Norway’s nationwide organization representing homeowners, Huseiernes Landsforbund, apologized to the country’s finance minister and withdrew an ad campaign claiming that the Labour-led government had forced Norwegian banks to raise their interest rates earlier this year.
The ads appeared in local media and on posters hung up in Oslo trams, busses and the metro system. They showed Finance Minister Sigbjørn Johnsen and Prime Minister Jens Stoltenberg, both from the Labour Party, huddling and allegedly whispering that “we’ll let the banks take the blame” for an interest rate increase that has angered mortgage payers all over the country.
In fact, Johnsen had criticized Norway’s biggest bank, DNB, for raising its rates on home mortgages, claiming it wasn’t necessary. DNB had blamed the rate hike on new capital requirements. The bank has since reported strong profits and Johnsen has urged it to roll back the rate hike.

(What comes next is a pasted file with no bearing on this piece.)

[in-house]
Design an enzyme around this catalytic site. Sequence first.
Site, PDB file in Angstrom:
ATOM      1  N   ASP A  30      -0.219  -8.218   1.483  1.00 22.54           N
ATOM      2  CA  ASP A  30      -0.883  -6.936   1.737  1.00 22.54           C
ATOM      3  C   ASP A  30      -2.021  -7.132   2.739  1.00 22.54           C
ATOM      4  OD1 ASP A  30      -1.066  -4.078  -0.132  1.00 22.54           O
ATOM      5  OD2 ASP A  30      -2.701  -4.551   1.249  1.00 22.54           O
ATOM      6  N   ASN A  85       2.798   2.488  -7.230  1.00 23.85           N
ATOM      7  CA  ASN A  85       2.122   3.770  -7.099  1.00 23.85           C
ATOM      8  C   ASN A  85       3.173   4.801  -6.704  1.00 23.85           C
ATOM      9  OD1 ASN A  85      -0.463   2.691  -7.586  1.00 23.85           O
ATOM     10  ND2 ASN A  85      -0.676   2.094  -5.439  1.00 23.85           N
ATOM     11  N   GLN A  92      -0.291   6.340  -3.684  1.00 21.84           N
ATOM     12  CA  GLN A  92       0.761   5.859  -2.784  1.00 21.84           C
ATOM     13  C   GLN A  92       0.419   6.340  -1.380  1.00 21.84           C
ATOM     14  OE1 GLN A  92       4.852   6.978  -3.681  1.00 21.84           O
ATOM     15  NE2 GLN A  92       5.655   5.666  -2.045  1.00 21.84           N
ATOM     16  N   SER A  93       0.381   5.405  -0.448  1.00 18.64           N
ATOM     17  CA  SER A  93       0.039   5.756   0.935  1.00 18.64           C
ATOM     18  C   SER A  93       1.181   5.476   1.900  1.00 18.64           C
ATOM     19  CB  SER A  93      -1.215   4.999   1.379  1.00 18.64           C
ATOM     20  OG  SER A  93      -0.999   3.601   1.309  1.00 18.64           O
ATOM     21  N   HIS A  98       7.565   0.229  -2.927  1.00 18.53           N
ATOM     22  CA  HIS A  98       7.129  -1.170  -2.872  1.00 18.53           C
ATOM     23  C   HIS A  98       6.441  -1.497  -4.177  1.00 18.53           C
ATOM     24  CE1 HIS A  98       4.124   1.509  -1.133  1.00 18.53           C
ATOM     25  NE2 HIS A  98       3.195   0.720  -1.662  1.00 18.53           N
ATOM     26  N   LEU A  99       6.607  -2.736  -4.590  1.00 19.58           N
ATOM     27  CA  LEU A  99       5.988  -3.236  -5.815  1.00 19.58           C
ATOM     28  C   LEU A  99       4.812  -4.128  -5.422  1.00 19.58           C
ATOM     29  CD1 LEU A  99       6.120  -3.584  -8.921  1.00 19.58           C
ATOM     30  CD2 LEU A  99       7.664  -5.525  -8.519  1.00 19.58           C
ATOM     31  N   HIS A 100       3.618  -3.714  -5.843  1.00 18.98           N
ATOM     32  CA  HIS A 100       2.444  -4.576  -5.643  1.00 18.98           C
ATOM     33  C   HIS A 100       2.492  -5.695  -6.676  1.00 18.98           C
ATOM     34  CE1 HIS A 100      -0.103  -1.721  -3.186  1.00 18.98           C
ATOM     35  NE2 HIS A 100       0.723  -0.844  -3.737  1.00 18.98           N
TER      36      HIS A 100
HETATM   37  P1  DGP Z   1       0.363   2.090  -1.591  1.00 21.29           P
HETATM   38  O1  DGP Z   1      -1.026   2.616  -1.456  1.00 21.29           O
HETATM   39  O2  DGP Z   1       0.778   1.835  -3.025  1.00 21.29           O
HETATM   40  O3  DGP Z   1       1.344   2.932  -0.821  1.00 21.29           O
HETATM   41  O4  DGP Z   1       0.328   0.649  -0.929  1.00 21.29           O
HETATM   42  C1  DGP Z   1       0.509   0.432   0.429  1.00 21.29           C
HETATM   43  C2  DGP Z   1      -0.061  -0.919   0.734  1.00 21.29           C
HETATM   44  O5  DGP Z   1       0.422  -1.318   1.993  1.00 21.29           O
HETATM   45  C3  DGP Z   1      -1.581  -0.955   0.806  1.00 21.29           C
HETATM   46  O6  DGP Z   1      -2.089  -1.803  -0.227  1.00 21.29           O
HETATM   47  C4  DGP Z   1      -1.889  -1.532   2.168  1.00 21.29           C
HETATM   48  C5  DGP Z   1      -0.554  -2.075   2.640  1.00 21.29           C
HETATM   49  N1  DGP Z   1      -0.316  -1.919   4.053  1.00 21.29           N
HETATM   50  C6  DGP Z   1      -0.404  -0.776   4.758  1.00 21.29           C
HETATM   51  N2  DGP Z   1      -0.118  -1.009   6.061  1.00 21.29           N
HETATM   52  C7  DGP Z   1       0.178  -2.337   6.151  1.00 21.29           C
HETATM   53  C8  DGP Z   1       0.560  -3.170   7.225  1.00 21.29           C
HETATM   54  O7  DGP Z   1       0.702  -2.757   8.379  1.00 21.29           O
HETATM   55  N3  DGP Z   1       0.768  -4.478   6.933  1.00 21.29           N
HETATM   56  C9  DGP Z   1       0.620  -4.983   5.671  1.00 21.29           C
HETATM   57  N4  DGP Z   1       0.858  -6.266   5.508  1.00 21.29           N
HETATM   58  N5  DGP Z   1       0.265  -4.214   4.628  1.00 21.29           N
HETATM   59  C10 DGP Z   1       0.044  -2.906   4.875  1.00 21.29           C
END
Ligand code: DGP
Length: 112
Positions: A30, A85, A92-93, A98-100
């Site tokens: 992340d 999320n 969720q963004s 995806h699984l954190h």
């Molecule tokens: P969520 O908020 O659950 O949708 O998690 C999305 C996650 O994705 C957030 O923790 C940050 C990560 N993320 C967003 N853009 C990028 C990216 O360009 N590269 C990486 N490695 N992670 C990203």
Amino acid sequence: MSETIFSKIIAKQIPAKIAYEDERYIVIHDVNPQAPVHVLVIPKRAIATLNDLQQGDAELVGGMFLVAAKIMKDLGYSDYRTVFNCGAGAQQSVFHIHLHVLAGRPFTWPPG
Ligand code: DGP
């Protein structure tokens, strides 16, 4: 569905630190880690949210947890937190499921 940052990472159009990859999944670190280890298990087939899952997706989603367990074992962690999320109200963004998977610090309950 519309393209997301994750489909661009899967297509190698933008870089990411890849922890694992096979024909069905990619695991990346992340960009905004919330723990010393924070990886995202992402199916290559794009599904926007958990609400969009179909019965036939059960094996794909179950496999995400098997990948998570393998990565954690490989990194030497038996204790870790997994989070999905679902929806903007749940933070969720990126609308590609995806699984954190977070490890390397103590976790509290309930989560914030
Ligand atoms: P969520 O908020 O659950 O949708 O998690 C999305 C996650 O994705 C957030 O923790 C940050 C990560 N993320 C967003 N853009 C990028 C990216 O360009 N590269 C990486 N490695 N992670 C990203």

Peter Batta of the homeowners’ group has admitted that its ads were factually incorrect and dropped the campaign.The incident came just a week after state dairy conglomerate Tine also had to withdraw an ad campaign that was full of errors regarding Norwegian history.